Chicago native John Cusack talks roles, loyalties
John Cusack is trying to figure out whether famed mystery author Edgar Allan Poe would be a fan of the Chicago Cubs or Chicago White Sox.
"Oh, well I think he'd have to like the endless suffering and misery of the Cubs," he begins. "But the Sox wear all black and are sort of the darker, more mysterious team. You know, I think maybe he'd like both."
That's one commonality between Cusack and Poe, whom the actor plays in the new film "The Raven." A native of the Chicago suburbs, Cusack grew up cheering for Jose Cardenal and Larry Biittner on the Northside, but also rooted for Southsiders like Chet Lemon and Carlton Fisk.
Cusack knows he'll always get flack for supporting both of Chicago's baseball teams, but he believes he deserves at least a little credit for admitting his split allegiance.
"There's another Chicago guy, Craig Robinson, who I did 'Hot Tub Time Machine' with; he likes both teams, too," Cusack said. "When we were filming, we would watch a lot of baseball. There would always be either a Cubs or Sox game on. A lot of people like both, they just won't admit it."
Cusack has always been outspoken about his love for Chicago teams, but admits today's Bulls don't have quite the same cache as the Jordan-era teams.
"It's hard to really re-engage after Michael," he said. "I think the NBA isn't the same these days; they don't play with the same fundamentals. I think maybe you could take some of those old Cleveland teams that never could beat the Bulls and they might beat some of the best teams now because of their good fundamental play."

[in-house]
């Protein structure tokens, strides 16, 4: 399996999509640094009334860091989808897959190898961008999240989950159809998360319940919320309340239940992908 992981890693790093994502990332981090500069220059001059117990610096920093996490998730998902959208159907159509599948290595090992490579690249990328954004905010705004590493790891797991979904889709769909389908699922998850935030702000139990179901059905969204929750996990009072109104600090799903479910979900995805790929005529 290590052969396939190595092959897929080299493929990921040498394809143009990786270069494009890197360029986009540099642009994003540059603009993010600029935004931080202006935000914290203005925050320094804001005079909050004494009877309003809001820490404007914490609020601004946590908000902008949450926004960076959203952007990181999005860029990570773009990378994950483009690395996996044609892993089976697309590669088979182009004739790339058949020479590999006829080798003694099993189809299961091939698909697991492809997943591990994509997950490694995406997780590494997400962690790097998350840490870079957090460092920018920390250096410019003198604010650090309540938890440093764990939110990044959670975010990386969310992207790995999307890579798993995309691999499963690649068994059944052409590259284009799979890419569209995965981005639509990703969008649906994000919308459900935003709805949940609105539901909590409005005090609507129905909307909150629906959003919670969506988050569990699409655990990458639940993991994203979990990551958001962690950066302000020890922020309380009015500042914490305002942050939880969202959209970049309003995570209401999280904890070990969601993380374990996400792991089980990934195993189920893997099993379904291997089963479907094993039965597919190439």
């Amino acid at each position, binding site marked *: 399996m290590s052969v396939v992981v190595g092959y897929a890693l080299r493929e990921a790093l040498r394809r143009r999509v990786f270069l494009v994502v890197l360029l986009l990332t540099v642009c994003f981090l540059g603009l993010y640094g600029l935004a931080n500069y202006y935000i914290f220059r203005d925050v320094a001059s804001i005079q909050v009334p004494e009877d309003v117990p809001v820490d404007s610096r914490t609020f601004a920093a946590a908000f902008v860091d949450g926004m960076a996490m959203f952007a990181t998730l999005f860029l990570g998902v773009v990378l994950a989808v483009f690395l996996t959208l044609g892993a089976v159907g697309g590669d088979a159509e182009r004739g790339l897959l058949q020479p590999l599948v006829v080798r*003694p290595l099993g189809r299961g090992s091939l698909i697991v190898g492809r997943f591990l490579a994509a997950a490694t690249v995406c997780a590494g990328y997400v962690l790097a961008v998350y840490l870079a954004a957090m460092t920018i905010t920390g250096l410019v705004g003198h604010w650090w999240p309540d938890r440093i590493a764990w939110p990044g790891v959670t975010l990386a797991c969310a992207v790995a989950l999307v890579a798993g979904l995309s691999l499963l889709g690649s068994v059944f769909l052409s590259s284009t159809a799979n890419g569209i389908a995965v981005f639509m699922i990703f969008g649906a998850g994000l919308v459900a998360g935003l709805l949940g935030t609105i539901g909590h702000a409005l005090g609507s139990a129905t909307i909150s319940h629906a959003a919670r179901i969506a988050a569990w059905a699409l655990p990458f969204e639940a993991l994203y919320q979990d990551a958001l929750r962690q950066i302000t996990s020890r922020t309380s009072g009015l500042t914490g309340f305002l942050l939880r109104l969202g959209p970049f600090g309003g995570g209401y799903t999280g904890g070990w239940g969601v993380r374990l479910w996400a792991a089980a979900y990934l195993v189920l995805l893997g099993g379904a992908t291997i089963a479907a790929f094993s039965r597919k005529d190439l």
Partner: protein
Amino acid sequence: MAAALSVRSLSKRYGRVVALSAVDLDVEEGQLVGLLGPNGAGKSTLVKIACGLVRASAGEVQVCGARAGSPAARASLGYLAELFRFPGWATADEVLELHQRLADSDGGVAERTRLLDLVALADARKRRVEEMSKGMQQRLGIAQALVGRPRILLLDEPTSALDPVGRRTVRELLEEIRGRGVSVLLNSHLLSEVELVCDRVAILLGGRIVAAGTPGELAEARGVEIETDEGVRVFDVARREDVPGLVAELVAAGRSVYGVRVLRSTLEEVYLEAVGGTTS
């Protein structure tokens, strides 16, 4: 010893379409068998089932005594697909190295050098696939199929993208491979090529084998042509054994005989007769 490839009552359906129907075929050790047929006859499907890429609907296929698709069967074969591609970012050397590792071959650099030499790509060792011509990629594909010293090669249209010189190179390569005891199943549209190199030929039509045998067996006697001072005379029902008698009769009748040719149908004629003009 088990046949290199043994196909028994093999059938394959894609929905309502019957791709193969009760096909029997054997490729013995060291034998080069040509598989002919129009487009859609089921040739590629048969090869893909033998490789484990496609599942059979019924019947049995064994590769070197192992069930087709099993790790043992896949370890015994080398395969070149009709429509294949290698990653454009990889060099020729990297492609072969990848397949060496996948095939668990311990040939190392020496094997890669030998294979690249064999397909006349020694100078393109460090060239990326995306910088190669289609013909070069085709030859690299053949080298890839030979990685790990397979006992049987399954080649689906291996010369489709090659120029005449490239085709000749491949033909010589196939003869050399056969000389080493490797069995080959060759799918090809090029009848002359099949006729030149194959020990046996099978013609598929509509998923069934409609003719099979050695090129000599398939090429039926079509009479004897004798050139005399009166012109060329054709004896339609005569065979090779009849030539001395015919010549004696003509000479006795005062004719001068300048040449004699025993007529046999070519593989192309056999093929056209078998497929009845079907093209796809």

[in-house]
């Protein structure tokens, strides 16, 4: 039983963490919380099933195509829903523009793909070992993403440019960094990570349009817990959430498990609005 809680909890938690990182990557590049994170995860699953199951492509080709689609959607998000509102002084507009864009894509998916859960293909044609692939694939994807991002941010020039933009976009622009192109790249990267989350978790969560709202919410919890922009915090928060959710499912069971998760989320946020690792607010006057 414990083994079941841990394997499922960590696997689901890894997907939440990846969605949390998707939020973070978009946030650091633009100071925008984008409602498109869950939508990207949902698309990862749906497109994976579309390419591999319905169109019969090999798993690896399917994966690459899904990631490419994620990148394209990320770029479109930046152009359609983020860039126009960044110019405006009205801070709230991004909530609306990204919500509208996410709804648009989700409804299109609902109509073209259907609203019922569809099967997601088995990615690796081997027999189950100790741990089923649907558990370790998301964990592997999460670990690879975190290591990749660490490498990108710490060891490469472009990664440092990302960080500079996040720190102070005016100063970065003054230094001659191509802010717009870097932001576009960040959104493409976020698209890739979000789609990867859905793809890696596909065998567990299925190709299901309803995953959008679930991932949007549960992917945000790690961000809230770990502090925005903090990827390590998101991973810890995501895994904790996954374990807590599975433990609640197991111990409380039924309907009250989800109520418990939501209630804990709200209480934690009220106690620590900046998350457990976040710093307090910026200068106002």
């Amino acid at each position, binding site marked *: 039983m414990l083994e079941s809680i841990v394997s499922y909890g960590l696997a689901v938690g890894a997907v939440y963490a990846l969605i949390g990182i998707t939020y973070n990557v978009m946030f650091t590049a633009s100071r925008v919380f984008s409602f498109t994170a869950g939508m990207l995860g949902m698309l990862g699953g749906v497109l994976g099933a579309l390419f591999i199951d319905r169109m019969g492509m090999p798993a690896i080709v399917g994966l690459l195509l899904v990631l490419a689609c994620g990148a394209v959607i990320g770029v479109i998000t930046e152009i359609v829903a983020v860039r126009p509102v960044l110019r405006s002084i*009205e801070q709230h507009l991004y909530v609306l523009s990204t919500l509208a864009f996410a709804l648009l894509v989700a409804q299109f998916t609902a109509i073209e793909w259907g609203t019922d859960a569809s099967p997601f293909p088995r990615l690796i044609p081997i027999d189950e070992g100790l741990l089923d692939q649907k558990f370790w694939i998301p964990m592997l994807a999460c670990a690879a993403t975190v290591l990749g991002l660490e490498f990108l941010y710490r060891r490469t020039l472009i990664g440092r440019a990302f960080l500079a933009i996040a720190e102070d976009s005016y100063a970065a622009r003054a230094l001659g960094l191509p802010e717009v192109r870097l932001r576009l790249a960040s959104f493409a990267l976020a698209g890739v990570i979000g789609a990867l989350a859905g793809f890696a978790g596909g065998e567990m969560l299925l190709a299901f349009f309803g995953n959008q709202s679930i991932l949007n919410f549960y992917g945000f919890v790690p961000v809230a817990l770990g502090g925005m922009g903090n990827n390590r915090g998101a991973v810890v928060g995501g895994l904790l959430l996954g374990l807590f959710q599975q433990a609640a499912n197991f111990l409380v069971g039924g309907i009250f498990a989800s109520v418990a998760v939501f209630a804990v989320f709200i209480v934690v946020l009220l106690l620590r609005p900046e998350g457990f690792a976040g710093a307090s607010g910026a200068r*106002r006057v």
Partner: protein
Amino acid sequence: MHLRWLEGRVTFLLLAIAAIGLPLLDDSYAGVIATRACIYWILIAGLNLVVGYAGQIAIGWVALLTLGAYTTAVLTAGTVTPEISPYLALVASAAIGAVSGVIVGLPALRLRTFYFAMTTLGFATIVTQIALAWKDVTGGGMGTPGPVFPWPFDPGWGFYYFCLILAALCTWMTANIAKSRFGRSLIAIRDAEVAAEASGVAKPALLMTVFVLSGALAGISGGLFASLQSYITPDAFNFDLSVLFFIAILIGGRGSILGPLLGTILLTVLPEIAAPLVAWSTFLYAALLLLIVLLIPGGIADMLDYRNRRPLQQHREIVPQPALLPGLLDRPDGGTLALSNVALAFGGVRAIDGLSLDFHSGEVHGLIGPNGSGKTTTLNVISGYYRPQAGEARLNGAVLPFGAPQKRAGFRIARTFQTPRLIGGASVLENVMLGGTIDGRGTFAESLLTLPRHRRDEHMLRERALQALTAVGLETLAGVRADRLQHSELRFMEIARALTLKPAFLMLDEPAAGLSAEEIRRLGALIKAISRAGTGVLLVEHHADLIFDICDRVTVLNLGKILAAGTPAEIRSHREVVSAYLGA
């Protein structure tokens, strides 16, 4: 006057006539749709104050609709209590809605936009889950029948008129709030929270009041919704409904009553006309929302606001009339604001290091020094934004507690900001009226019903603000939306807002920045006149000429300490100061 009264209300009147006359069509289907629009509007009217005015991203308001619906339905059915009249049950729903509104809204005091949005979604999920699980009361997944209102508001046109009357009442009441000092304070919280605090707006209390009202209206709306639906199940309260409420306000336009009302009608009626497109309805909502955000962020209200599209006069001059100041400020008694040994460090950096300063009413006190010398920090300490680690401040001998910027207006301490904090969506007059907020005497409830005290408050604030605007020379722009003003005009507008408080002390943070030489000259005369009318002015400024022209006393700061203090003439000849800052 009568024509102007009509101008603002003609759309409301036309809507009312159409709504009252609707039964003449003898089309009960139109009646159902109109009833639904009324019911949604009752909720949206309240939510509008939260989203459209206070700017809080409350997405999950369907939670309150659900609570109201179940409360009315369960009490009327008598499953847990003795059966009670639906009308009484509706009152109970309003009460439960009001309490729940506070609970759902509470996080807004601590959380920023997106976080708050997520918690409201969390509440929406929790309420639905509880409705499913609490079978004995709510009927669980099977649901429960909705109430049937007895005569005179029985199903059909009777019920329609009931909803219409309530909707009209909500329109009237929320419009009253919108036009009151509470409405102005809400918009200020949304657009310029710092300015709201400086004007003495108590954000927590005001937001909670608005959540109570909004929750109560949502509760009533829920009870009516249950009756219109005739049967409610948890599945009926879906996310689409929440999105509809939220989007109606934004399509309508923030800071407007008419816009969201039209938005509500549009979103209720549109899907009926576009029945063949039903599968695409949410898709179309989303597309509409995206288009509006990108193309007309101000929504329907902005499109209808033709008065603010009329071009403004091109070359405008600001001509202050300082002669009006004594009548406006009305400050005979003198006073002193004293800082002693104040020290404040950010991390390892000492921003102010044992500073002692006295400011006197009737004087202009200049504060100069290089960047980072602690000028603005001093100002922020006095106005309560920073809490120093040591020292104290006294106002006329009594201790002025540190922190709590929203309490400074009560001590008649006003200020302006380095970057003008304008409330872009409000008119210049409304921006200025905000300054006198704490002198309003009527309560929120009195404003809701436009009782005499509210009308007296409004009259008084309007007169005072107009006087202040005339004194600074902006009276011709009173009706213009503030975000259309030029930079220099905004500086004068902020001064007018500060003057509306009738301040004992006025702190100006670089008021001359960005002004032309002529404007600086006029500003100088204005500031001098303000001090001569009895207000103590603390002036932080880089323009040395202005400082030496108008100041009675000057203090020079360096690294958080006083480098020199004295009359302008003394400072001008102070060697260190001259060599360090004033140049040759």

You might not see Cusack courtside at a Bulls game, but he did hit up The Cell during the White Sox's World Series run in 2005. He was also spotted sitting along the glass during the Blackhawks' 2010 Stanley Cup run and has led the seventh-inning stretch at Wrigley Field on a number of occasions. Cusack even played former Sox infielder Buck Weaver in "Eight Men Out," a film about the 1919 Black Sox scandal.
Cusack has spent more years playing characters than he has just being himself. In the movies since 1983, the 45-year-old has played a lovesick high school kid, a mercenary, a record store owner, a U.S. Marshal and, now, a legendary literary figure.
Part fact, part fantasy, "The Raven" (which hits theatres April 27) finds Cusack's Poe tasked with hunting down a serial killer who uses Poe's stories as inspiration for his murders. Cusack spent three months shooting in Serbia, and dropped 25 pounds to play the skeletal, impoverished author, whose works did not receive much acclaim until after his death. Because the film combines facts and quotes from Poe's letters and novels with a fictional story line, Cusack isn't worried about literature buffs taking the film to task for authenticity.
"The movie isn't meant to be a historical account," he said. "There's never going to be an exact, true telling of Poe, because there weren't tape recorders, video cameras or anything."
Cusack isn't worried about his legacy as an actor, either. He is only concerned with doing work that interests him. (He claims he signed on for "The Raven," in part, so he could read a whole lot of Poe.) He won't be bothered much if the film doesn't enjoy a great deal of success right off the bat. He's used to starring in the kind of cult classics that grow more popular over time.
"I don't listen to what people say [about my movies] right away," he recently told New York Magazine, "because later the people either like or hate them more."
If it sounds like Cusack is living some sort of worry-free, Zen existence, that's not entirely true. He'll always enjoy a certain terrible agony unique to Cubs fans. And you can be sure if Poe were alive today, he'd find a macabre beauty within more than a century of sadness.